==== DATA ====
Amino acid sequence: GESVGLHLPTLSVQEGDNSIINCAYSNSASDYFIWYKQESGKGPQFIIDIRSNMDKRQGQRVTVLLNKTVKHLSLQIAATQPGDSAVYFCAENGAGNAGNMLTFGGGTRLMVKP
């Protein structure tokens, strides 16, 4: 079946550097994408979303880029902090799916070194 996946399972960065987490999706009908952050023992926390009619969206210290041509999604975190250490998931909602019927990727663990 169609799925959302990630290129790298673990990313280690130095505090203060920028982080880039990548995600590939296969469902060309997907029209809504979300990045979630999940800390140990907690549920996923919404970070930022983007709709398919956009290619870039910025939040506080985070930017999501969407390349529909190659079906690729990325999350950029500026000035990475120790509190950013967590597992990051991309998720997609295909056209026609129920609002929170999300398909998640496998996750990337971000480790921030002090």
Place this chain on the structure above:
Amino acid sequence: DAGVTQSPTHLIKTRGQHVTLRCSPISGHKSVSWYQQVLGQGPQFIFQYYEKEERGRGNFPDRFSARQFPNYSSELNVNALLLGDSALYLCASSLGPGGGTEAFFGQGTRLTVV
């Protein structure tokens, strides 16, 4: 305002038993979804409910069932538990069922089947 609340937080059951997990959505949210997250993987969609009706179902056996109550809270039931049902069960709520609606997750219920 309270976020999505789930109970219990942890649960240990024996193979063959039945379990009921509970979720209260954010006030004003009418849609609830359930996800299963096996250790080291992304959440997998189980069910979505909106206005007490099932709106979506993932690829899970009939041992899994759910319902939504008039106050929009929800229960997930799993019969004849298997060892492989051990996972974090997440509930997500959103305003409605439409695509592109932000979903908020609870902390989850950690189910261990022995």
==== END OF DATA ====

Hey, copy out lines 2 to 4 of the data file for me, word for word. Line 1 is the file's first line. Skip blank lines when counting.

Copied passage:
């Protein structure tokens, strides 16, 4: 079946550097994408979303880029902090799916070194 996946399972960065987490999706009908952050023992926390009619969206210290041509999604975190250490998931909602019927990727663990 169609799925959302990630290129790298673990990313280690130095505090203060920028982080880039990548995600590939296969469902060309997907029209809504979300990045979630999940800390140990907690549920996923919404970070930022983007709709398919956009290619870039910025939040506080985070930017999501969407390349529909190659079906690729990325999350950029500026000035990475120790509190950013967590597992990051991309998720997609295909056209026609129920609002929170999300398909998640496998996750990337971000480790921030002090």
Place this chain on the structure above:
Amino acid sequence: DAGVTQSPTHLIKTRGQHVTLRCSPISGHKSVSWYQQVLGQGPQFIFQYYEKEERGRGNFPDRFSARQFPNYSSELNVNALLLGDSALYLCASSLGPGGGTEAFFGQGTRLTVV